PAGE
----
Real science does not require consensus, in fact, they have little to do with each other (beyond peer review – but this does not require consensus either). Consensus does not equal truth. As someone who believes in the scientific method – I find the whole thing shameful.

    You’ve posted an article suggesting that people who have a certain political belief are prone to disagree with these findings for specific political reasons. I simply suggested that people on the other end of the spectrum would conversely be motivated to agree (nay – evangelize) the same findings. This is the crux of my whole problem with the issue.

    The fact that you are evangelizing the findings, and cling to them like gospel does make this seem a lot like a religious debate. It feels like anyone who disagrees or has reservations is immediately discredited by the “believers”. These “believers” aren’t interested in a dialog or debate. There is no interest in finding greater truth or meaning unless the findings promote their ideology. They want to be right – and convert everyone else. I’m sure that my feelings on this make you think that I’m kind of an asshole (kind of like a heretic). The more I read about this, the stronger I feel that this this is pretty damn close to religious – and it definitely is swayed by political leanings. You’ve shown how one side of the political spectrum can be swayed one way. I think that it’s actually pretty astute, and underlines part of my feelings about this. However, you have not acknowledged how those on the other end of the political spectrum are swayed (perhaps more so).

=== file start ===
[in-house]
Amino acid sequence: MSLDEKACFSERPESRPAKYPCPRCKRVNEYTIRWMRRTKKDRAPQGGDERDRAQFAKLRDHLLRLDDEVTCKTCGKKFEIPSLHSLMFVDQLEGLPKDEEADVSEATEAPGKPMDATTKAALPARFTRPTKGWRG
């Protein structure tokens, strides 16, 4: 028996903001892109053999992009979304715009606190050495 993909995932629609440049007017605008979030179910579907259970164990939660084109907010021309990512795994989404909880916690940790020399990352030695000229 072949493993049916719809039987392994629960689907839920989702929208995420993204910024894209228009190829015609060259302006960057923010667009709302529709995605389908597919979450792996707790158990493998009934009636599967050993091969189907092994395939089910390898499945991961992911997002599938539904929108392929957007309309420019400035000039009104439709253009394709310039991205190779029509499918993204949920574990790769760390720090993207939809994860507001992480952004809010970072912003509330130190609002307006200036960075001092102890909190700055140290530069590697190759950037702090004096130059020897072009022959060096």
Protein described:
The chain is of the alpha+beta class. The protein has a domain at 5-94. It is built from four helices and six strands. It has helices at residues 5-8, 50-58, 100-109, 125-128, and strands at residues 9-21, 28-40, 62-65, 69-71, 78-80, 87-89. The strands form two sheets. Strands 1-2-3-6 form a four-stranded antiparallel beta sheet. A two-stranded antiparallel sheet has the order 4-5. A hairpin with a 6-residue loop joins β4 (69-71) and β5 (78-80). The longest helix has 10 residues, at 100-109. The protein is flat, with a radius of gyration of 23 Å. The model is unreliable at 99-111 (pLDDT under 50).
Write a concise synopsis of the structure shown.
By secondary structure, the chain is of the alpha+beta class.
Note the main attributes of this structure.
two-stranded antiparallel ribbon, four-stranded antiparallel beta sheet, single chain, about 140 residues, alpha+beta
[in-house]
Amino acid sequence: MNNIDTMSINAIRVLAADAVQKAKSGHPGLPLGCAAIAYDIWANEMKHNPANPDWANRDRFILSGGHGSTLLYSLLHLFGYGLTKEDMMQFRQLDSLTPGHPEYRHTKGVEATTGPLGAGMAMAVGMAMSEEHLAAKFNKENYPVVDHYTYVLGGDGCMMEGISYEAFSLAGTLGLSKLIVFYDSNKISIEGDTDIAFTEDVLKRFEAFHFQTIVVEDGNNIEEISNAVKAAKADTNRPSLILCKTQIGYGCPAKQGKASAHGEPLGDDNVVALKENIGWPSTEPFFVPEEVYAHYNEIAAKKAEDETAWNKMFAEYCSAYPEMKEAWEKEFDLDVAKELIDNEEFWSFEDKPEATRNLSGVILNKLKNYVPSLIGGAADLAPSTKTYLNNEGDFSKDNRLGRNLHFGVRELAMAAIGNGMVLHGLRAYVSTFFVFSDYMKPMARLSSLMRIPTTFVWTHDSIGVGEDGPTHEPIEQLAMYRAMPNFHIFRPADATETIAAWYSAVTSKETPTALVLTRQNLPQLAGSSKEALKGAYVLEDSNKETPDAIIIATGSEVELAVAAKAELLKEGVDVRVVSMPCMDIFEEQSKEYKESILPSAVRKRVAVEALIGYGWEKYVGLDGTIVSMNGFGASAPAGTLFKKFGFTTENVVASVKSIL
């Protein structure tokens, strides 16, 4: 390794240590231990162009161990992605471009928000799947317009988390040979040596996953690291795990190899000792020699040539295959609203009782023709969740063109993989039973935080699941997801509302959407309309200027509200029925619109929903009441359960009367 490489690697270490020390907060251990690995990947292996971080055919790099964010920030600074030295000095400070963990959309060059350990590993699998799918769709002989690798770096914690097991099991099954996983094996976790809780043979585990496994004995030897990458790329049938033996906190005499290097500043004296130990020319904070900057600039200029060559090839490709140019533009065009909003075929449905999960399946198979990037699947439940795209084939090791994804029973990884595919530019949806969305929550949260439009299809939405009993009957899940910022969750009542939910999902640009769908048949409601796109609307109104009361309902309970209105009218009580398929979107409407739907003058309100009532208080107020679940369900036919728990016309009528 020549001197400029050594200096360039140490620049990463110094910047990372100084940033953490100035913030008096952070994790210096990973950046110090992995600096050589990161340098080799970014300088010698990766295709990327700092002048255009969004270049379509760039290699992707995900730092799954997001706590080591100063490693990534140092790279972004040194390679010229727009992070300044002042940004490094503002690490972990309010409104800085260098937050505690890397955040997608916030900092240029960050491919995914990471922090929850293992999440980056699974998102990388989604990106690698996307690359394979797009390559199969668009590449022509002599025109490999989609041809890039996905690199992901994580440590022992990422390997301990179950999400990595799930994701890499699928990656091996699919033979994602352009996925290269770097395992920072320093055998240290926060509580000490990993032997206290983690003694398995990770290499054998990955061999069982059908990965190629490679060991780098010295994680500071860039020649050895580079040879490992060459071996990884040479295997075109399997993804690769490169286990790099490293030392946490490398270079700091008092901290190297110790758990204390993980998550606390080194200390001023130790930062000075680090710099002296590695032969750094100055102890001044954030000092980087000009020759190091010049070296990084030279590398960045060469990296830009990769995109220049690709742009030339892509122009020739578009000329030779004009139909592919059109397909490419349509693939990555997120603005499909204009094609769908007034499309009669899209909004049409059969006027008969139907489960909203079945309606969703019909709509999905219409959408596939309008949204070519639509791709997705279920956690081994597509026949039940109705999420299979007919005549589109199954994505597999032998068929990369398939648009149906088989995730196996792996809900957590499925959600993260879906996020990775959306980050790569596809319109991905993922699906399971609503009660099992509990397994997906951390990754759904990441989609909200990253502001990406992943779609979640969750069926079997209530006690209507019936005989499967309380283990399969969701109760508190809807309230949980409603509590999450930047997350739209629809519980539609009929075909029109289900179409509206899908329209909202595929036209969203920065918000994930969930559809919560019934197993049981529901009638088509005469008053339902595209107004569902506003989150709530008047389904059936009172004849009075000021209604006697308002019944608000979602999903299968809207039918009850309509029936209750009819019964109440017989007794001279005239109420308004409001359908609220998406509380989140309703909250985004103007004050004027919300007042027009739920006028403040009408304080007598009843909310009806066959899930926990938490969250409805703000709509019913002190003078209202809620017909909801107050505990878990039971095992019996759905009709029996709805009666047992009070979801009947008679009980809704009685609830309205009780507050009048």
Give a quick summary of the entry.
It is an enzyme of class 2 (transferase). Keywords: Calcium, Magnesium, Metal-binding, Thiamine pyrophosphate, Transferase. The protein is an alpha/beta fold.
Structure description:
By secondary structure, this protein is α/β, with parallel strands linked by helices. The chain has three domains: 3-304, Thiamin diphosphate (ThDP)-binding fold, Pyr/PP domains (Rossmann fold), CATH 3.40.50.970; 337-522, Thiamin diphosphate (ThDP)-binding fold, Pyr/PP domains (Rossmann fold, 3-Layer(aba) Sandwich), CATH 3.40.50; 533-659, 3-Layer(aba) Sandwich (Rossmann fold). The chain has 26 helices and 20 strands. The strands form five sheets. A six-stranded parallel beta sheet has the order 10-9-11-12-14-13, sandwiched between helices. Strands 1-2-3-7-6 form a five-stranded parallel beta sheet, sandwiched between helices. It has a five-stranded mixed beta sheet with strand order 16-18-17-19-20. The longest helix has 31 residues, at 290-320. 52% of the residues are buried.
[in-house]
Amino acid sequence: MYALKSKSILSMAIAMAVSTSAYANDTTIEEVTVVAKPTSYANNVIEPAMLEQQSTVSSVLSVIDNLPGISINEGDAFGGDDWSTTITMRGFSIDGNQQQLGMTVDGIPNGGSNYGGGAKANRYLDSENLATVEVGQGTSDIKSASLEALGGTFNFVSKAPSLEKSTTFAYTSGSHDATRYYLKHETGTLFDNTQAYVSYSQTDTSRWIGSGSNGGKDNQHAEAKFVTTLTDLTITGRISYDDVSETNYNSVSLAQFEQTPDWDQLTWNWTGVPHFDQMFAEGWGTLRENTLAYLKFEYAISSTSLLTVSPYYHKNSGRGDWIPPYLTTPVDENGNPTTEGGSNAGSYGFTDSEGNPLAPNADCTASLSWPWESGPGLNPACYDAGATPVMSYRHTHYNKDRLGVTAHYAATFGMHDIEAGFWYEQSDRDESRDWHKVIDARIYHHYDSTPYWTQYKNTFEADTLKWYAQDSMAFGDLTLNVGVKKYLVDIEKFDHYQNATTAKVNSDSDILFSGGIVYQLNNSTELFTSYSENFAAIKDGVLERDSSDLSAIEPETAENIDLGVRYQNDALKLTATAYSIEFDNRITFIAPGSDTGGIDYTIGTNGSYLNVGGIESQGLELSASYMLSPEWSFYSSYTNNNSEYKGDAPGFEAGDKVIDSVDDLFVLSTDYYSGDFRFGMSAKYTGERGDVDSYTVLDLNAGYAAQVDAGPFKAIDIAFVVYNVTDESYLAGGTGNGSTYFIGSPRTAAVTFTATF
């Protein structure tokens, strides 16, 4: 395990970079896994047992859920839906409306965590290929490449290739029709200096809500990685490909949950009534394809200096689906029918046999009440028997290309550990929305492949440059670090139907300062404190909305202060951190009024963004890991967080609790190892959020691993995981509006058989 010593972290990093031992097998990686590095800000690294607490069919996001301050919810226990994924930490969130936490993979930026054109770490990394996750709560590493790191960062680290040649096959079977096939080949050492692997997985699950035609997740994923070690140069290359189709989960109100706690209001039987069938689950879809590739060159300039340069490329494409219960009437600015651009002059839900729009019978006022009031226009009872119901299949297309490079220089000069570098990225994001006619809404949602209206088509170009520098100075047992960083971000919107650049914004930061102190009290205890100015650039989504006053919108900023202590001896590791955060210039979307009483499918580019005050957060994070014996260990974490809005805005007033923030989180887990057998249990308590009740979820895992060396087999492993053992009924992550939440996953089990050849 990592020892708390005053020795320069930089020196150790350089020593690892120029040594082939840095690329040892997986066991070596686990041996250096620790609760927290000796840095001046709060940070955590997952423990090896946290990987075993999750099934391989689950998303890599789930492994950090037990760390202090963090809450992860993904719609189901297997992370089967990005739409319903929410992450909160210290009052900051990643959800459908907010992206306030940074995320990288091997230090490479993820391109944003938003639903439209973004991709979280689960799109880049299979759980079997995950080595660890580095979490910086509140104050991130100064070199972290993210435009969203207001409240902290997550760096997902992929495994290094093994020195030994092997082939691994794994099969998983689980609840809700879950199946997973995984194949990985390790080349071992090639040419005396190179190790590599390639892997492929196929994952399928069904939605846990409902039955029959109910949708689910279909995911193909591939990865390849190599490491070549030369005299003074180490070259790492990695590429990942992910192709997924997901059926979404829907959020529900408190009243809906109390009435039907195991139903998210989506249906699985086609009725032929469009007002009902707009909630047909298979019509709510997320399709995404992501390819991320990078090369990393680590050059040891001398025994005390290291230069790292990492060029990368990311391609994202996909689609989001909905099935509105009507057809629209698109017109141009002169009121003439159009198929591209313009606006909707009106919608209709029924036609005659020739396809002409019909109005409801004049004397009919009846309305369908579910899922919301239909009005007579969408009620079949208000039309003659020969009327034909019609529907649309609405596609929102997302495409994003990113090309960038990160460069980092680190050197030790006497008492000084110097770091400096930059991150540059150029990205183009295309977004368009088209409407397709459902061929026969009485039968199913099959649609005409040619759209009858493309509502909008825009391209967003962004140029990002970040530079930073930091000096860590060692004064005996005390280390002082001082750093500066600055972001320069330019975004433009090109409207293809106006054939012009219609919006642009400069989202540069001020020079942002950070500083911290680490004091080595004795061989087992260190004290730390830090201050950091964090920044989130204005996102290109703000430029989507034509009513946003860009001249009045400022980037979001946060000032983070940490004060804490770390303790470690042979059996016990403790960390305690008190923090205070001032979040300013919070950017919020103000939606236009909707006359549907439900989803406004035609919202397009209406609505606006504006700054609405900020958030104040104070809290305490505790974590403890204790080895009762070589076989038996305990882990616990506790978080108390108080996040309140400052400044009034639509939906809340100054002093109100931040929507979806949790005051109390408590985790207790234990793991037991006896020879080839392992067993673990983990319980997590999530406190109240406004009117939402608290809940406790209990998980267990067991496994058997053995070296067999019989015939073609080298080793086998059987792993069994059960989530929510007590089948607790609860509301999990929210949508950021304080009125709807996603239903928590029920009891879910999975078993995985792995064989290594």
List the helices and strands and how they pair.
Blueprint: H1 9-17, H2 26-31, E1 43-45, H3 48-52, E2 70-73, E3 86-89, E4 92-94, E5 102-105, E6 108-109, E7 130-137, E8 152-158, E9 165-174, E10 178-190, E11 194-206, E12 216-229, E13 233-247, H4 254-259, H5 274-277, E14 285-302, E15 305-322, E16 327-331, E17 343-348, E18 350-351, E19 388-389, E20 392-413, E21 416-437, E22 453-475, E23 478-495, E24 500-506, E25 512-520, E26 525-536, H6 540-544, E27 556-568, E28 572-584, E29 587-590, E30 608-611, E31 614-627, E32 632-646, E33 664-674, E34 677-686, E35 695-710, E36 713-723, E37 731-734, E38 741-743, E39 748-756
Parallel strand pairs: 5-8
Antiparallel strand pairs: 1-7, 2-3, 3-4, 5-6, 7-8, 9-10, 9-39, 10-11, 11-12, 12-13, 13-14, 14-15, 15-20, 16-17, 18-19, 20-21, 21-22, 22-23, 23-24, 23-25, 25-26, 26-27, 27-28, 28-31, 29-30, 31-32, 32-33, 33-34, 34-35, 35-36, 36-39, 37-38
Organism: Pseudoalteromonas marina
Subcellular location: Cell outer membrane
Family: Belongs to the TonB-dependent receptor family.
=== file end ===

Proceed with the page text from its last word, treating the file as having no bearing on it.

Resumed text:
Personally, I feel that the science has been so sold out that I don’t know what to believe – and we’re certainly not going to accomplish anything in this forum. What I do not argue is that there are plenty of other reasons to use/develop alternative energy sources that will, among all of the other positive effects, have the effect of reducing output of CO2 and CH4. I think that the idea has reached a critical mass, and I believe that we’ll get there. Frankly, I think that it’s a damn good idea. Does it make sense to freak out and make sweeping changes that will hurt us and throttle the shit out of the third world? I don’t think so, and again, I feel that this is ultimately more political than scientific. Perhaps this is part of where we differ politically – and that’s OK. I realize that we’re different in this regard. Just realize that yelling loudly about an issue and making your strong feelings clear doesn’t add credibility. Suggesting that people who feel a little differently about this are stupid doesn’t help either. In fact, for me – this just strengthens my concerns about the issue – and my wariness about how we respond as a nation.